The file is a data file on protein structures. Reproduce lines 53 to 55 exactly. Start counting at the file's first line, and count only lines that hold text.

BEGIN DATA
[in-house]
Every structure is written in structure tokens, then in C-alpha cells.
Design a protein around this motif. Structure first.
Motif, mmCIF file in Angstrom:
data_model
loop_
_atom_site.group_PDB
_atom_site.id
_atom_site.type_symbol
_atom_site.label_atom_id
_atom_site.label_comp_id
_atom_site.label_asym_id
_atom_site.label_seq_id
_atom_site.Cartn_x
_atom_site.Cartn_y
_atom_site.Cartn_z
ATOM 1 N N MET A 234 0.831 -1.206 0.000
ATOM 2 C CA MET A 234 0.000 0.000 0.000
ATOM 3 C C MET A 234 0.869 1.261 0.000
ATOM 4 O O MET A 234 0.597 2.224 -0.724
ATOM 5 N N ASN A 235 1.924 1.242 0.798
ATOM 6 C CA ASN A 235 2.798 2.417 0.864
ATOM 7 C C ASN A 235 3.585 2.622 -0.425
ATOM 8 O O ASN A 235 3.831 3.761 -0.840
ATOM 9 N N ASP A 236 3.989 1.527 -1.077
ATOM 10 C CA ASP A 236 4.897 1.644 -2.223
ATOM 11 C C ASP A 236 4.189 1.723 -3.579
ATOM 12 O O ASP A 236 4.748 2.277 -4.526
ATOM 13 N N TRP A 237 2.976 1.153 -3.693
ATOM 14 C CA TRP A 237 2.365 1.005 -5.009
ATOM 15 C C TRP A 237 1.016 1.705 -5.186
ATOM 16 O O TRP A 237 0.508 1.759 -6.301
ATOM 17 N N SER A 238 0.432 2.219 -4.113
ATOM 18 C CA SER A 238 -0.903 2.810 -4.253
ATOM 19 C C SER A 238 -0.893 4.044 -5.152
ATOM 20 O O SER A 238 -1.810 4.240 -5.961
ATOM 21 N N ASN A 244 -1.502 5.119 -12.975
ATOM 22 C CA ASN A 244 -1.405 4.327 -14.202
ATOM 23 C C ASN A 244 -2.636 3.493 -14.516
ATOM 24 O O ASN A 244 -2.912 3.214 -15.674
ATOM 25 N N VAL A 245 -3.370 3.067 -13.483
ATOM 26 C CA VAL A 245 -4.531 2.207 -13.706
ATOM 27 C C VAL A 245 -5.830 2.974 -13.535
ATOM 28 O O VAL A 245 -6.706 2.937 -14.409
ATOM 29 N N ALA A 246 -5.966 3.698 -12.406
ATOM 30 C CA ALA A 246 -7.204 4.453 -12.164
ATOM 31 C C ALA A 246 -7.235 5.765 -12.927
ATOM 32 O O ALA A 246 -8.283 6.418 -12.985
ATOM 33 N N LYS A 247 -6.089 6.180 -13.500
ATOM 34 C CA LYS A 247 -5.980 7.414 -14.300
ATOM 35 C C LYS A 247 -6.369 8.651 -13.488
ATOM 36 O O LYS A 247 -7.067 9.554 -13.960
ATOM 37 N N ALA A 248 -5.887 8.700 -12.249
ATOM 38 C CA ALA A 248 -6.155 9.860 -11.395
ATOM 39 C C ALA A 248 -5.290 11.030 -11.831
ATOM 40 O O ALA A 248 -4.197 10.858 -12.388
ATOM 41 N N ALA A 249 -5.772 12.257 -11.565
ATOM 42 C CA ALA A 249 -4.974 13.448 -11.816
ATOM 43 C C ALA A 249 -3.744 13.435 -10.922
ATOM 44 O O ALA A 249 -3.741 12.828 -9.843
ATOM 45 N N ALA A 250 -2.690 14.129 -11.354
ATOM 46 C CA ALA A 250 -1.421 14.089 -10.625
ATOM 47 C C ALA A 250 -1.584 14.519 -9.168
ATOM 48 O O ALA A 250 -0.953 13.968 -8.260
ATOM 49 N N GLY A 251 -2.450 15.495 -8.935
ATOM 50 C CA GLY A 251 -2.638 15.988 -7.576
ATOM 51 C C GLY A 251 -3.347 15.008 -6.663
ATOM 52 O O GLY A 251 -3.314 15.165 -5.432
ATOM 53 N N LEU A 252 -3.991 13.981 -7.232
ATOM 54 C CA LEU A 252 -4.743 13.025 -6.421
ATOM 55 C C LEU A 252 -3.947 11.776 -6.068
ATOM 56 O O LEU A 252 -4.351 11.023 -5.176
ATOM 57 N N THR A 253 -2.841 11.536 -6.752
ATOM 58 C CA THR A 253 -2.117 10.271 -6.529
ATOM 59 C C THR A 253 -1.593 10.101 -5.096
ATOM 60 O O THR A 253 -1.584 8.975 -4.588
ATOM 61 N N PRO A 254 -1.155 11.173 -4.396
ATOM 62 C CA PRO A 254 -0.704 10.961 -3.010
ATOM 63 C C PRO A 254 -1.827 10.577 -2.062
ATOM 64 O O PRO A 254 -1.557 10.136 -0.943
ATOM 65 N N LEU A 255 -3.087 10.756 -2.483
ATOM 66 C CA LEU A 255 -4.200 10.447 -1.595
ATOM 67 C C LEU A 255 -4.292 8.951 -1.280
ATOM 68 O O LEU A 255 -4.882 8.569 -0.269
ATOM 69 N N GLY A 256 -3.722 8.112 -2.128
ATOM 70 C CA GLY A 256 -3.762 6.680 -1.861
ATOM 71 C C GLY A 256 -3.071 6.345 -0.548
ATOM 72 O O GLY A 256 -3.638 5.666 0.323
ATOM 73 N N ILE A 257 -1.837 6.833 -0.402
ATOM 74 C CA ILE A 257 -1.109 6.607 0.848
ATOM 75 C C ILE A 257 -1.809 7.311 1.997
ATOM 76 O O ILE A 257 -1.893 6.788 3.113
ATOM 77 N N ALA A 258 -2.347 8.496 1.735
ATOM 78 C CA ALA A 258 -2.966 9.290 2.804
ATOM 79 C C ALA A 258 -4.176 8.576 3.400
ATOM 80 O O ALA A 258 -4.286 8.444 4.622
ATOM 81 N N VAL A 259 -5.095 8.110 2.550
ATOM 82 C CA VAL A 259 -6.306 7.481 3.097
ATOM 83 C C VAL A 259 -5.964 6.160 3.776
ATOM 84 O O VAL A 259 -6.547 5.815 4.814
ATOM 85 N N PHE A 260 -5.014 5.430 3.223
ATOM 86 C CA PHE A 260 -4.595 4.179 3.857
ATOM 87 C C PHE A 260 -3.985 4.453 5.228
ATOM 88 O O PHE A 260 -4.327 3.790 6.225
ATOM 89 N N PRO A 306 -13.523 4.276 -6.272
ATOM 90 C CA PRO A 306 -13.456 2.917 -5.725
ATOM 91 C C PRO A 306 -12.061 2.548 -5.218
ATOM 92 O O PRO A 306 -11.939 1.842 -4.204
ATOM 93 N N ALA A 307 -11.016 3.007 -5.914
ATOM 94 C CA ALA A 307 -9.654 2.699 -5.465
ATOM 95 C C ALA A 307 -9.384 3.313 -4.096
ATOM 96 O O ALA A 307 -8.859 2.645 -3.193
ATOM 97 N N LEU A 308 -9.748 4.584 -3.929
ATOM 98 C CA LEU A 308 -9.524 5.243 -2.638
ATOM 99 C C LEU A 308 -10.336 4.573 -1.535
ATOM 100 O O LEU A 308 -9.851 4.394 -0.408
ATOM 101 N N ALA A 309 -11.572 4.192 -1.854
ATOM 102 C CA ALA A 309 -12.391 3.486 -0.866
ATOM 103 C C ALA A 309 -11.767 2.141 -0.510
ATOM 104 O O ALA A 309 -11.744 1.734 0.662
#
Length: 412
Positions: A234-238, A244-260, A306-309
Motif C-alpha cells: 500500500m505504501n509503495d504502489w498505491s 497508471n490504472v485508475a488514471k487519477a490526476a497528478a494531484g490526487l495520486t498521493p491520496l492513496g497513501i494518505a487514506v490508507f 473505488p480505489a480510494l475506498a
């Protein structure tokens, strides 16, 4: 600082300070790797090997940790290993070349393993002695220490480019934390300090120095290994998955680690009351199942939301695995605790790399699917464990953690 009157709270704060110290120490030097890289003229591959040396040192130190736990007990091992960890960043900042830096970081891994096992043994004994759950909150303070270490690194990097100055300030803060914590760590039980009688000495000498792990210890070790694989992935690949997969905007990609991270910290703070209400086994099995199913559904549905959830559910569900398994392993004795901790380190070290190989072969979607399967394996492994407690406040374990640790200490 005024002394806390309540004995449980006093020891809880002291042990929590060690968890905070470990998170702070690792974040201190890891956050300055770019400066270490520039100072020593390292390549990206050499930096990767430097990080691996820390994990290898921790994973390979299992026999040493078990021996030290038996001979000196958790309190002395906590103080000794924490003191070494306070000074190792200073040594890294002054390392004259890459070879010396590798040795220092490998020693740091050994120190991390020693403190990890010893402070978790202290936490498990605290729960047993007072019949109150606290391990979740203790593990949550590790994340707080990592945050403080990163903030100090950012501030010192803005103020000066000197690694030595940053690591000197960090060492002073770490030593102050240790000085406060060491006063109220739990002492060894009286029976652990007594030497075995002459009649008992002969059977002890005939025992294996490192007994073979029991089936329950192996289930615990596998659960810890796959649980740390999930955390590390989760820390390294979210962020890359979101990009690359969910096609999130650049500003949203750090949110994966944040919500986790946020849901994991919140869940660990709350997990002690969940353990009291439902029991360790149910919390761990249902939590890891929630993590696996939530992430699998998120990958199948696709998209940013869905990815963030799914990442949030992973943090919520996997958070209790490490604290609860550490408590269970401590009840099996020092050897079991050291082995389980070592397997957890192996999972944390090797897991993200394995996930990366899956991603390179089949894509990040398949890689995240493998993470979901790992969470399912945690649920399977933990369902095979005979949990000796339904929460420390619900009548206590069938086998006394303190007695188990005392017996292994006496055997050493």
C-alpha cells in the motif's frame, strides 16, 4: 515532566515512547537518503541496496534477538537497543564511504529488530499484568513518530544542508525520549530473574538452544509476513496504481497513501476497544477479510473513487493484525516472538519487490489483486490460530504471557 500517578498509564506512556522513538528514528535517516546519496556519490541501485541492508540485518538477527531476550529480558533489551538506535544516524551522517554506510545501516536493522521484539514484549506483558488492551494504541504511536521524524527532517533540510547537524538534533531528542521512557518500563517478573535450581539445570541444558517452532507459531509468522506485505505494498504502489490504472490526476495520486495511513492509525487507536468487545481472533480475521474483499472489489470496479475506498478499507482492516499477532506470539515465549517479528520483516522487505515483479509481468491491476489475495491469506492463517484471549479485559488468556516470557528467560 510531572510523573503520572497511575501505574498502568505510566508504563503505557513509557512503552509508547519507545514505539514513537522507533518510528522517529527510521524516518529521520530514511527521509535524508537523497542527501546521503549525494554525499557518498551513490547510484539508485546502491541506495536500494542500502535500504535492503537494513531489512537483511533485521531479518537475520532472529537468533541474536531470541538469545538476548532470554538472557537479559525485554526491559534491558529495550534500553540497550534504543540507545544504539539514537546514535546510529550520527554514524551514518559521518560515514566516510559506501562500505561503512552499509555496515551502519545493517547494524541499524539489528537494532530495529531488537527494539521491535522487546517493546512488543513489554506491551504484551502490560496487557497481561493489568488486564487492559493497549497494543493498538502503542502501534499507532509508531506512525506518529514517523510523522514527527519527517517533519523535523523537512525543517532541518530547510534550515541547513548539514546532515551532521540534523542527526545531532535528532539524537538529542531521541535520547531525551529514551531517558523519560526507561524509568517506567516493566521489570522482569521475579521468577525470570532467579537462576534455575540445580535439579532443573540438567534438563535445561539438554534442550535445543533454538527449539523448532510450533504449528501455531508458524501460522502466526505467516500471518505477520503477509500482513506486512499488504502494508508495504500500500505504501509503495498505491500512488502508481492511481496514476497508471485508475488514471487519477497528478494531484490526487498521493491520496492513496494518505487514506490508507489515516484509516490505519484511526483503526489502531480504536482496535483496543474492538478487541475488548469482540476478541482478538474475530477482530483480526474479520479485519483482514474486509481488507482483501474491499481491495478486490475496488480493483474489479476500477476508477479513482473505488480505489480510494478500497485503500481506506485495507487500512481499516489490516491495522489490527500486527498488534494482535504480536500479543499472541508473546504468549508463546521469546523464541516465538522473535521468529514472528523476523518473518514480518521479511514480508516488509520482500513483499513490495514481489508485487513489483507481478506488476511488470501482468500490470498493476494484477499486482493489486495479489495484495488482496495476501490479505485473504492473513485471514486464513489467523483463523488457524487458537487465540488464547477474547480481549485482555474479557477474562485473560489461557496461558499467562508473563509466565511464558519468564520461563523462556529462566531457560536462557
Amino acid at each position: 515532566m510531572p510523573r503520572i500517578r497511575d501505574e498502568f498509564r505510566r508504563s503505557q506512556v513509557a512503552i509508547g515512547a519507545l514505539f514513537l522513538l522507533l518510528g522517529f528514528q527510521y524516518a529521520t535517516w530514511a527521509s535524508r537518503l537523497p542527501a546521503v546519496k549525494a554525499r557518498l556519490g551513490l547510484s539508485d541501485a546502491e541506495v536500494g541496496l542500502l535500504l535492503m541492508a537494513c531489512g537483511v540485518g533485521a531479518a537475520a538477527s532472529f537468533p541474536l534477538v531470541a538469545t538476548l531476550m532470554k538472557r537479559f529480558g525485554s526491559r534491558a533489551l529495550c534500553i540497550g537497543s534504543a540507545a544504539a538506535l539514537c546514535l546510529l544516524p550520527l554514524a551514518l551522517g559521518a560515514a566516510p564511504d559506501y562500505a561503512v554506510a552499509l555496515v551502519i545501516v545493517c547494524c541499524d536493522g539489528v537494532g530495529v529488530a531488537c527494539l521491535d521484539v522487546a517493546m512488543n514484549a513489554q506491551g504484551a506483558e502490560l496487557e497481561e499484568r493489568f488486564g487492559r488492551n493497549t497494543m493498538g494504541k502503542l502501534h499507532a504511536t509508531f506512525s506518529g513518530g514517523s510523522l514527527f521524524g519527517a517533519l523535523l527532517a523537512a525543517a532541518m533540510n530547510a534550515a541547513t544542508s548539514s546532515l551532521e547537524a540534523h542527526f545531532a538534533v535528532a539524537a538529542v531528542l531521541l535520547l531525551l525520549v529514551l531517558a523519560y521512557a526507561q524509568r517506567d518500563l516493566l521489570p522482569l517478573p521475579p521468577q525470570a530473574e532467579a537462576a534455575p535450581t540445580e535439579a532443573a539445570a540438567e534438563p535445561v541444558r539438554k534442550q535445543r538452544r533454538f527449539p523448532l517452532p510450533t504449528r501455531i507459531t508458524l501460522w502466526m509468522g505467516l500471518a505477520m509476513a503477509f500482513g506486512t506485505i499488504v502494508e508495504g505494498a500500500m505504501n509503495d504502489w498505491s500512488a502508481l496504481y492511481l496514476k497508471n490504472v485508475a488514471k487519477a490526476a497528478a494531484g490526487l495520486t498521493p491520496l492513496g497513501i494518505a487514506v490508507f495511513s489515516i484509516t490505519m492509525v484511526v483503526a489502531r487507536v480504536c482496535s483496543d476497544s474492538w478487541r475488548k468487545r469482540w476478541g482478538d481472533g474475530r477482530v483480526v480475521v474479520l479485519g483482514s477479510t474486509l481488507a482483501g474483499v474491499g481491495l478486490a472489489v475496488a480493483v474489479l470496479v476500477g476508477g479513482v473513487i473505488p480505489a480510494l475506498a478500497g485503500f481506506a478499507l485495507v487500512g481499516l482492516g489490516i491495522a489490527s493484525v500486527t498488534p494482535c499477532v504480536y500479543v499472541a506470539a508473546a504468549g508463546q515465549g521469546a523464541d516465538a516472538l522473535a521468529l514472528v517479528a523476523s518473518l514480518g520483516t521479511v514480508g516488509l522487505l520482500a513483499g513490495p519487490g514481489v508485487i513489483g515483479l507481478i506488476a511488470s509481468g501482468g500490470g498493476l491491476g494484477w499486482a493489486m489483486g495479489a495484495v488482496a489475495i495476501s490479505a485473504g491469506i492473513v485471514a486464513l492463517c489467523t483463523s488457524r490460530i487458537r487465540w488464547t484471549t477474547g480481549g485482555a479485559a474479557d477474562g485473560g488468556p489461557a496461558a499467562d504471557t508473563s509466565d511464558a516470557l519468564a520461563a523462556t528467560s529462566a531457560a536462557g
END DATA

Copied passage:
ATOM 37 N N ALA A 248 -5.887 8.700 -12.249
ATOM 38 C CA ALA A 248 -6.155 9.860 -11.395
ATOM 39 C C ALA A 248 -5.290 11.030 -11.831